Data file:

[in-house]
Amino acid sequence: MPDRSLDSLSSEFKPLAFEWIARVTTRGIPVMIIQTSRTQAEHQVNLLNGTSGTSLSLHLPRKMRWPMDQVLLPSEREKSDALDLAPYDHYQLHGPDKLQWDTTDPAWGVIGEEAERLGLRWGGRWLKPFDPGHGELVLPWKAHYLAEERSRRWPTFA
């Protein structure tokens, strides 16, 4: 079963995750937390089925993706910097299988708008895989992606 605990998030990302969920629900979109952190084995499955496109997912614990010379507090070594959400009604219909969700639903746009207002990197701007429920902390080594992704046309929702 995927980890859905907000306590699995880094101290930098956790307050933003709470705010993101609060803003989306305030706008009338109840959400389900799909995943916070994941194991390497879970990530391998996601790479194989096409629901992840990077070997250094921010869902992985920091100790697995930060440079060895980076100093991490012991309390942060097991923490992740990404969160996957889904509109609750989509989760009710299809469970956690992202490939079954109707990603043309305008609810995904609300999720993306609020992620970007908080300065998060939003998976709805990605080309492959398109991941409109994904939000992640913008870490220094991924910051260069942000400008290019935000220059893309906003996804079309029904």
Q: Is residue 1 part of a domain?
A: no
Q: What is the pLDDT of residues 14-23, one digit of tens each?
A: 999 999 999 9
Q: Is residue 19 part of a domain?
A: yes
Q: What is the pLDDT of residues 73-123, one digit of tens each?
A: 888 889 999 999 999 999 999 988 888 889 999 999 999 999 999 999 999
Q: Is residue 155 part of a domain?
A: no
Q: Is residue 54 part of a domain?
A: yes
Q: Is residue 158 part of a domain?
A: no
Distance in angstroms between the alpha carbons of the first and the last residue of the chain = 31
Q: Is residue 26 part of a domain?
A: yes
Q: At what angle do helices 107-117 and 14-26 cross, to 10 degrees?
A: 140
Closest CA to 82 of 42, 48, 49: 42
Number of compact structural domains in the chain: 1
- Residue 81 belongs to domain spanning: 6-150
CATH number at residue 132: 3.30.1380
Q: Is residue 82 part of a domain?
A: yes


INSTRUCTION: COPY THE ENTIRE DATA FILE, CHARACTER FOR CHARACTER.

[in-house]
Amino acid sequence: MPDRSLDSLSSEFKPLAFEWIARVTTRGIPVMIIQTSRTQAEHQVNLLNGTSGTSLSLHLPRKMRWPMDQVLLPSEREKSDALDLAPYDHYQLHGPDKLQWDTTDPAWGVIGEEAERLGLRWGGRWLKPFDPGHGELVLPWKAHYLAEERSRRWPTFA
């Protein structure tokens, strides 16, 4: 079963995750937390089925993706910097299988708008895989992606 605990998030990302969920629900979109952190084995499955496109997912614990010379507090070594959400009604219909969700639903746009207002990197701007429920902390080594992704046309929702 995927980890859905907000306590699995880094101290930098956790307050933003709470705010993101609060803003989306305030706008009338109840959400389900799909995943916070994941194991390497879970990530391998996601790479194989096409629901992840990077070997250094921010869902992985920091100790697995930060440079060895980076100093991490012991309390942060097991923490992740990404969160996957889904509109609750989509989760009710299809469970956690992202490939079954109707990603043309305008609810995904609300999720993306609020992620970007908080300065998060939003998976709805990605080309492959398109991941409109994904939000992640913008870490220094991924910051260069942000400008290019935000220059893309906003996804079309029904």
Q: Is residue 1 part of a domain?
A: no
Q: What is the pLDDT of residues 14-23, one digit of tens each?
A: 999 999 999 9
Q: Is residue 19 part of a domain?
A: yes
Q: What is the pLDDT of residues 73-123, one digit of tens each?
A: 888 889 999 999 999 999 999 988 888 889 999 999 999 999 999 999 999
Q: Is residue 155 part of a domain?
A: no
Q: Is residue 54 part of a domain?
A: yes
Q: Is residue 158 part of a domain?
A: no
Distance in angstroms between the alpha carbons of the first and the last residue of the chain = 31
Q: Is residue 26 part of a domain?
A: yes
Q: At what angle do helices 107-117 and 14-26 cross, to 10 degrees?
A: 140
Closest CA to 82 of 42, 48, 49: 42
Number of compact structural domains in the chain: 1
- Residue 81 belongs to domain spanning: 6-150
CATH number at residue 132: 3.30.1380
Q: Is residue 82 part of a domain?
A: yes